Welcome to the MarzMethod Blog

"Hi! It´s me, Christina Marz,

your mentor for healing with horses.

Welcome to my Blog! I write about healing with horses, HeartMath, some life hacks for emotional wellbeing and essential exercises to deepen the relationship between you and your horse.

Choose your topic, search for a keyword or read the latest entries below."

blog image

Greet your horse the way he deserves it

September 24, 20235 min read

“Focus your attention on the area of the heart... and say yes if you find horses there!” - Christina Marz

Does your horse greet you his way or your way?

I teach Healing with Horses and once my students have learned to do nothing with their horses, they introduce a new greeting. We also do this greeting ceremony with every client in our therapeutic sessions. It sets the tone for the session, it creates connection and is also a moment of diagnosis for the facilitator. We get to observe how the client makes contact, how he manages his energy, if he is outgoing or introverted, demanding or respectful, self-secure or shy. You would be surprised how many details we can actually collect during the greeting of the herd, especially if we know our horses well and become aware of patterns. 

But you will be doing this activity for yourself and your own relationship with the herd, so there is much less you need to know about it. In session, the client chooses his individual approach of greeting each horse, making contact, and then moving on. 

You will do it in a specific way for better results.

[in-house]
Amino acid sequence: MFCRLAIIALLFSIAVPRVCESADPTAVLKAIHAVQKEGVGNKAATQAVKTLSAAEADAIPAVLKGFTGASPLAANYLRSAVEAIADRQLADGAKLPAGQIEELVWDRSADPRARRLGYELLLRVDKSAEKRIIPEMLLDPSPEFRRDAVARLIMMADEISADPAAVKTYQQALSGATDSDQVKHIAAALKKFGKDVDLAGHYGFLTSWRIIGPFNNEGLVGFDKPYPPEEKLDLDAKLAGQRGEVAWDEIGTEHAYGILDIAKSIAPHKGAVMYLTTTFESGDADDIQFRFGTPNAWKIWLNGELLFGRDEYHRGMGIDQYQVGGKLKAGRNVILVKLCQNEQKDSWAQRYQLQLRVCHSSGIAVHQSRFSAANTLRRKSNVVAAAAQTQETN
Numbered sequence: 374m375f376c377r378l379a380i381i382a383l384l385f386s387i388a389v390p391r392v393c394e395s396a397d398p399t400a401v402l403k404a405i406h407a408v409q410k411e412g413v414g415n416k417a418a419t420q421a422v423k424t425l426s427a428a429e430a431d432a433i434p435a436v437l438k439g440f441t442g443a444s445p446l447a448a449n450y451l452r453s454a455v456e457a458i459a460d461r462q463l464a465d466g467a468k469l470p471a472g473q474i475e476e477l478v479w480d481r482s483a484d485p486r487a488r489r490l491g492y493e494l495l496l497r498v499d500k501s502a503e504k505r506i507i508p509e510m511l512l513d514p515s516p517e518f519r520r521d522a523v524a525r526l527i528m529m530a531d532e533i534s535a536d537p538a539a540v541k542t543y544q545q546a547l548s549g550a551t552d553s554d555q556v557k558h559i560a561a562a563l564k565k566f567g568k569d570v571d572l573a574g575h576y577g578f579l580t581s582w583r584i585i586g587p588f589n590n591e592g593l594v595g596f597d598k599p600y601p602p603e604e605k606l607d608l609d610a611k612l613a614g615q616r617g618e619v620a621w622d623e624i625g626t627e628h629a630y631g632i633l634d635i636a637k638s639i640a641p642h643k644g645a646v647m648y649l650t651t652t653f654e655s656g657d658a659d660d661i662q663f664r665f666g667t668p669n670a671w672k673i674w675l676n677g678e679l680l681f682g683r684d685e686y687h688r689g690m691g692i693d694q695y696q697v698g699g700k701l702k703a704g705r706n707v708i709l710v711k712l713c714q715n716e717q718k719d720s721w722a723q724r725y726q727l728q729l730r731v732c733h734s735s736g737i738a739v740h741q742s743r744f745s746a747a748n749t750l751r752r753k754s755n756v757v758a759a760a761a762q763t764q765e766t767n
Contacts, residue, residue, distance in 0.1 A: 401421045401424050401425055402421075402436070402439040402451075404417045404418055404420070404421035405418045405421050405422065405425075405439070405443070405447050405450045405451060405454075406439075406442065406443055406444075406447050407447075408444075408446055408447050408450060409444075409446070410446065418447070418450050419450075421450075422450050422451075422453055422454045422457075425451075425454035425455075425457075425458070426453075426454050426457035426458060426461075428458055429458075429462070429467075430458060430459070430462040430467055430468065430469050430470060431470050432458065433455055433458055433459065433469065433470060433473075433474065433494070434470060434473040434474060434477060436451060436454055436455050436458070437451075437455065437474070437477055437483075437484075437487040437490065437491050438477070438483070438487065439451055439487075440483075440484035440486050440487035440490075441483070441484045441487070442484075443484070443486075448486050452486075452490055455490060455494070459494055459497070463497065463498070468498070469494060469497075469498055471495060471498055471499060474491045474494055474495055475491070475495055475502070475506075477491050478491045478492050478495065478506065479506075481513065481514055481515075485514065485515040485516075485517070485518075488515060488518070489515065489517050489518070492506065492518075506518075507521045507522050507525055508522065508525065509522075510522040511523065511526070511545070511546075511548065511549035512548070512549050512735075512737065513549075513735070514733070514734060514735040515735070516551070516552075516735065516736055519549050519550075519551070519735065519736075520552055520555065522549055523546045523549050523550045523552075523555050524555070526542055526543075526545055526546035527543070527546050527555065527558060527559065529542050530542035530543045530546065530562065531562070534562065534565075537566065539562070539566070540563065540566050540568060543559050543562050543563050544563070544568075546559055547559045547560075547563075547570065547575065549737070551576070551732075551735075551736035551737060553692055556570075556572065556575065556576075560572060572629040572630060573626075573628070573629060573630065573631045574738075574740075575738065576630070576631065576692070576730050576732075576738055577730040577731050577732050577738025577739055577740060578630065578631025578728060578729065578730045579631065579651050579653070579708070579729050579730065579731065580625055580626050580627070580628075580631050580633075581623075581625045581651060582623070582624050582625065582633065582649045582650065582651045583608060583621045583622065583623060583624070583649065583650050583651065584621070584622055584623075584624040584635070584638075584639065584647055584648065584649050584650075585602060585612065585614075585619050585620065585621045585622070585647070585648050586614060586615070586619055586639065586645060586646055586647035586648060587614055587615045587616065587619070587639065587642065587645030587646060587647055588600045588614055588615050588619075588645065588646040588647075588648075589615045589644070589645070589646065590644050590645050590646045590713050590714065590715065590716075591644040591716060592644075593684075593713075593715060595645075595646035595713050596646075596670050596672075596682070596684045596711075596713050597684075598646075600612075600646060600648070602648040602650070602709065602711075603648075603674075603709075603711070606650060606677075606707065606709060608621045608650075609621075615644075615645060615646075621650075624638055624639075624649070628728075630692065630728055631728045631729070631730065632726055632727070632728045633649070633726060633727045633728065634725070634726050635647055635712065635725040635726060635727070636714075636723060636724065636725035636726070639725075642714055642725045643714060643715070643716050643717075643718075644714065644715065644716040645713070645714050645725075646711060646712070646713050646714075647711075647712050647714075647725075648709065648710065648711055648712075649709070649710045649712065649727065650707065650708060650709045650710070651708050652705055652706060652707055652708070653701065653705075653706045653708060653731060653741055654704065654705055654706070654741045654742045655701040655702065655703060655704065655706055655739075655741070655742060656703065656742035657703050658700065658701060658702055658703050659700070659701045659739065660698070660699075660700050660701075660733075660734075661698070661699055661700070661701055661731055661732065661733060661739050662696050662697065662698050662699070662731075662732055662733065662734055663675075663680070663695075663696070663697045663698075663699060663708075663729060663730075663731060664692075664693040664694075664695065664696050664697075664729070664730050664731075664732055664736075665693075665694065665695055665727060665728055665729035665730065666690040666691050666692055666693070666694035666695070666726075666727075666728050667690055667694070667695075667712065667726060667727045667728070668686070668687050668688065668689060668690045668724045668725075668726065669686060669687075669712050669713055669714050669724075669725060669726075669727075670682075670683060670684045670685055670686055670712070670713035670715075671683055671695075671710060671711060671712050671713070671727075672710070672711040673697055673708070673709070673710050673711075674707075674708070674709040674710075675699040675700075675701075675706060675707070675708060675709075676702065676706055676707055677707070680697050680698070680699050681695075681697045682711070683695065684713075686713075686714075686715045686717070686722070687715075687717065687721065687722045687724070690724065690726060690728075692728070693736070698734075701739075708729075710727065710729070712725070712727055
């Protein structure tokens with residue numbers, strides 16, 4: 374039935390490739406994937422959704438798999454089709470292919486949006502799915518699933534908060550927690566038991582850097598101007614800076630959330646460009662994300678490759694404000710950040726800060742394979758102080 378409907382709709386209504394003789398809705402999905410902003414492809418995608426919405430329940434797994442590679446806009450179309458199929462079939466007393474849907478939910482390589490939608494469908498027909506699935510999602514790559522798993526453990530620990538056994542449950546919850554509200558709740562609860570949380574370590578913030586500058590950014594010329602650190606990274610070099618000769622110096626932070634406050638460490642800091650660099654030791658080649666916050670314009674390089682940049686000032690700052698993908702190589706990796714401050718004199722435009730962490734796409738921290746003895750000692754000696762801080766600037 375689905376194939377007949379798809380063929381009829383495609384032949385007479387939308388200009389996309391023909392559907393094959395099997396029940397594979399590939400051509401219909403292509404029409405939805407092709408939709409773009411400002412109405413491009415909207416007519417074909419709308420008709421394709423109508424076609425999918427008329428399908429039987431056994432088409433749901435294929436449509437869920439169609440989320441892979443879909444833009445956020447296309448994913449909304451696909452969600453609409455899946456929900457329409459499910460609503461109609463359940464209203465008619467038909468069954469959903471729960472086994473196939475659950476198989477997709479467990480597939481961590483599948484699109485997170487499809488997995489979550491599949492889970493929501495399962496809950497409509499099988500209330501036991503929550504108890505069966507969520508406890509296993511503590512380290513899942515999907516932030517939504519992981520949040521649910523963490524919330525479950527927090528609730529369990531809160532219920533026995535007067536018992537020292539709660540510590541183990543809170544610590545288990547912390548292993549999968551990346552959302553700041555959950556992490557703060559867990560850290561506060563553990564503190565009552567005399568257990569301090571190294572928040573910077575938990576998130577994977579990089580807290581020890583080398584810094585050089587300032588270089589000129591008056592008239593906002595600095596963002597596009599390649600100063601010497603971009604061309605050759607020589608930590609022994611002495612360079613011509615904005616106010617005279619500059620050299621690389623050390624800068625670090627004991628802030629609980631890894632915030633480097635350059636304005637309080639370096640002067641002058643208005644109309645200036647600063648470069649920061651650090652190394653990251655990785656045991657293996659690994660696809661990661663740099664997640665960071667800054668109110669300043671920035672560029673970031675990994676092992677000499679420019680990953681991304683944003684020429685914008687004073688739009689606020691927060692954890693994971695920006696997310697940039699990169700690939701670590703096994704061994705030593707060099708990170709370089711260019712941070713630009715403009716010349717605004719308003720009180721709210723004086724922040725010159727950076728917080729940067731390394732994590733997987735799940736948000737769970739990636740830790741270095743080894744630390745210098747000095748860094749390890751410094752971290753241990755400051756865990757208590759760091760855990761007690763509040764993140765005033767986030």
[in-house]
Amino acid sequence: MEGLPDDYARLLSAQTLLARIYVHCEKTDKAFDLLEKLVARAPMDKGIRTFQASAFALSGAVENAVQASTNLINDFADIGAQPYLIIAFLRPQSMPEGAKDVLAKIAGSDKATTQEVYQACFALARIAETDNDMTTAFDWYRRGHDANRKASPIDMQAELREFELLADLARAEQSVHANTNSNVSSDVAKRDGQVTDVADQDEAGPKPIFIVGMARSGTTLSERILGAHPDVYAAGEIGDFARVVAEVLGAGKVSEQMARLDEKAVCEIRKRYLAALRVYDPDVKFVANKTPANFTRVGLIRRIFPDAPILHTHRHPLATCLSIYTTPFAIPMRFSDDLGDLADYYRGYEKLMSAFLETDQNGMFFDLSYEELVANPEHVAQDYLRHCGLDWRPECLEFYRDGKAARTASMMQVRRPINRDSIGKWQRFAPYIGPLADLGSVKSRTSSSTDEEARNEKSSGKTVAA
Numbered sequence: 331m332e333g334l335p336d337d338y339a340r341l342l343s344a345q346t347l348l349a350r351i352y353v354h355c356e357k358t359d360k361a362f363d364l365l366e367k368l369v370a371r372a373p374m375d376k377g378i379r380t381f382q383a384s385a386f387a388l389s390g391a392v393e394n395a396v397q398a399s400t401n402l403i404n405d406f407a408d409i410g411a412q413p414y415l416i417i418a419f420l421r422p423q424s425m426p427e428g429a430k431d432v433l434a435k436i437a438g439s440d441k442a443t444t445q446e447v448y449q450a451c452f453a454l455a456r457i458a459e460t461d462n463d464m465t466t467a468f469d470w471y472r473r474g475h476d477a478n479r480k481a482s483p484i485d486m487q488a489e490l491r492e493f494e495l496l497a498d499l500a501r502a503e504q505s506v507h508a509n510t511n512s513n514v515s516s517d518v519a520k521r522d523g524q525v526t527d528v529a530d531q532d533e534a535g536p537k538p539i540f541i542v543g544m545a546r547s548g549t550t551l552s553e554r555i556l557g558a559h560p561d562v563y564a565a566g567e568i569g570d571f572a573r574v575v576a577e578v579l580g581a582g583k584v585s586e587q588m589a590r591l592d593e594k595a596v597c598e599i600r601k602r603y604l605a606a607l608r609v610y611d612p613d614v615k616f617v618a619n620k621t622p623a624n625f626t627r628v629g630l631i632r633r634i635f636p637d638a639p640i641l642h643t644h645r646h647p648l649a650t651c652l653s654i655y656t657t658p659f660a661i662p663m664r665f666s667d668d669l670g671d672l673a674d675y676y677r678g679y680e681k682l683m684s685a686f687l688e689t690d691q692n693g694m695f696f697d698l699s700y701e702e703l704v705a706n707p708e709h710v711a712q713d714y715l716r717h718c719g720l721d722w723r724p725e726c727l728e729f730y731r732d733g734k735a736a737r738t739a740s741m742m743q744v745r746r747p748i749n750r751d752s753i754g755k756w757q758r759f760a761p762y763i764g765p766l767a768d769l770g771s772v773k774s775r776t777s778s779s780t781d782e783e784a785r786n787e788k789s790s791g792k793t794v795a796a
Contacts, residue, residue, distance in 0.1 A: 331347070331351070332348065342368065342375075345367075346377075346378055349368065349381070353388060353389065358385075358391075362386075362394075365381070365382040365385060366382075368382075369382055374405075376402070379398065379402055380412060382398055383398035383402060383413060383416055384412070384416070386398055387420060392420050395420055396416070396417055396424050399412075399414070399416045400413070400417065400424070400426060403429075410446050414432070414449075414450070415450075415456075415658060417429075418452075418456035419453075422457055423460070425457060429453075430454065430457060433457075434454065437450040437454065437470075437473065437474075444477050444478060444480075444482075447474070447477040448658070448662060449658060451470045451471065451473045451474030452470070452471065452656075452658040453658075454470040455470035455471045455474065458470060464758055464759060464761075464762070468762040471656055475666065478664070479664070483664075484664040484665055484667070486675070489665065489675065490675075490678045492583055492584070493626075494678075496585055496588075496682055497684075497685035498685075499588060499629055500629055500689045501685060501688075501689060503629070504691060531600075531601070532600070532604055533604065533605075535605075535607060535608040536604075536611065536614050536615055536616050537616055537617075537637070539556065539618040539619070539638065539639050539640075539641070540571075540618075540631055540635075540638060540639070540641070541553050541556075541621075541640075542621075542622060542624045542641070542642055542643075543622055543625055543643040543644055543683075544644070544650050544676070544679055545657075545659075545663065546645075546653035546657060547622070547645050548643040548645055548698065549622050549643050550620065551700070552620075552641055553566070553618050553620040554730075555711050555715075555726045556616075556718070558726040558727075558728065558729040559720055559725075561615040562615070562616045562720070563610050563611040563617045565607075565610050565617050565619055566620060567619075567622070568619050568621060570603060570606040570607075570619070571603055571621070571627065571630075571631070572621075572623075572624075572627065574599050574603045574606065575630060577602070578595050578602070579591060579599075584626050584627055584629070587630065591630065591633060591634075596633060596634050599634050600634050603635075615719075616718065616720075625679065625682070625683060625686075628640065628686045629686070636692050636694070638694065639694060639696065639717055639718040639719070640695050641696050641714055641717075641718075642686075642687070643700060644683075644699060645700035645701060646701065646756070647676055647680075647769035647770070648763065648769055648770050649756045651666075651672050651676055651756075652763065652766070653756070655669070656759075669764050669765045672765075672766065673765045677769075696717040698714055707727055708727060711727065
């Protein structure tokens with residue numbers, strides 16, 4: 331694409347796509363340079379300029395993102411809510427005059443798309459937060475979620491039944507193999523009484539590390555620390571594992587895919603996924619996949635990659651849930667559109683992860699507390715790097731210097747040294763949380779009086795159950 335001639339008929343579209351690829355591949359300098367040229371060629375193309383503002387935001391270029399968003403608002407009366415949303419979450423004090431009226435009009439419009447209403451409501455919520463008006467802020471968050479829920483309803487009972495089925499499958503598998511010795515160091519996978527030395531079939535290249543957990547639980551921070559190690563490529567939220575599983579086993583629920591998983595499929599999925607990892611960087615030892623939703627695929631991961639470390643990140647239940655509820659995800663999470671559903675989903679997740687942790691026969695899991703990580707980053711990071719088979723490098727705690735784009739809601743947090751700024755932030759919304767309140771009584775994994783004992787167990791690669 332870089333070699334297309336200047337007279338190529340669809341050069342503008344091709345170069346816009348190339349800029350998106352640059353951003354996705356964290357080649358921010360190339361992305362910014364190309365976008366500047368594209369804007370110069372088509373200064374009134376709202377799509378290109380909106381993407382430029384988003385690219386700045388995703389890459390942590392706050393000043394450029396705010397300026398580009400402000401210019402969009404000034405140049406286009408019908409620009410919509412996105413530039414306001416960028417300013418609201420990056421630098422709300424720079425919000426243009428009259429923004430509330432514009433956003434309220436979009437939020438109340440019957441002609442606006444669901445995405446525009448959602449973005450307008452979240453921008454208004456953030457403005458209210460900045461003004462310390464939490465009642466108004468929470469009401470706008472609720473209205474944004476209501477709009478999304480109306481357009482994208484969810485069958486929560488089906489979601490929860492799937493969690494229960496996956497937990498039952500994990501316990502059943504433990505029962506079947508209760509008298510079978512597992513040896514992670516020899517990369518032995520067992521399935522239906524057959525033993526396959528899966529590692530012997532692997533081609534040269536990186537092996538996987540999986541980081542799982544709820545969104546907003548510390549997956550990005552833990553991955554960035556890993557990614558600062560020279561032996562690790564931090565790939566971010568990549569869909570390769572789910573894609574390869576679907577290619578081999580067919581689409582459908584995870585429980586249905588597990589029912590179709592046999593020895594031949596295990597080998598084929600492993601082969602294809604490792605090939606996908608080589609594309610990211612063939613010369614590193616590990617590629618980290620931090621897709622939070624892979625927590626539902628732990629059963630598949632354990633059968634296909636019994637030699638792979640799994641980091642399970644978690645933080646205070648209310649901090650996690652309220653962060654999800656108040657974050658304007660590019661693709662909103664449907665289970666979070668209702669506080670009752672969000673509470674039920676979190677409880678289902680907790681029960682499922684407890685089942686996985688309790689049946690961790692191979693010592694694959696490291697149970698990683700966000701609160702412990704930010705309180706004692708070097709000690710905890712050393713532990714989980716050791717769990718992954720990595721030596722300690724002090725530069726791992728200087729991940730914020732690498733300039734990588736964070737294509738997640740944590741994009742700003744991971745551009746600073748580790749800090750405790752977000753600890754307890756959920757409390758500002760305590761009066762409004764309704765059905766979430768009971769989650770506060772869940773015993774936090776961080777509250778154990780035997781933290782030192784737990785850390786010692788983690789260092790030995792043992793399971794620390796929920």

The key point is that horses do not approach each other in straight lines, unless they are attacking. They do not stare at each other, predators do that. And they do not lift their heads (even less their arms) unless they are alert. 

You will copy that: Approach each horse in a normal gait, but keep your head down, in a relaxed way. Look at the ground, find flowers, walk on a wiggly line, and stop about 2m away from the horse. Do not lift your hand to pet the horse on the head. Extend your hands in front of you, and bend down just a little. 

Nee pictures? Download my Free Guide!

  • If the horse looks at you, approach him one more step and wait. Stand still, be less needy, breathe, bend a leg, relax, and then walk away. 

  • If the horse approaches you, stay and let him sniff your hands. Do not pet him, stand still, breathe, bend a leg, relax, and walk away. 

  • If he ignores you, wait a moment. Maybe he needs time to find the courage (or motivation) to look at you. 

  • If the horse walks away, walk away too in a big circle, and approach again after a short while. Repeat the activity, but keep a little more distance this time.

It is absolutely fine if the horse does NOT come over to check you out. Looking at you, and going back to grazing is very healthy for a horse.
Give him the chance to acknowledge your presence in a relaxed way, and be happy with that. This is exactly what creates the shift in your relationship:

“Accept your horse as he is and ask him to become part of his world instead of dragging him into your world.” - Christina Marz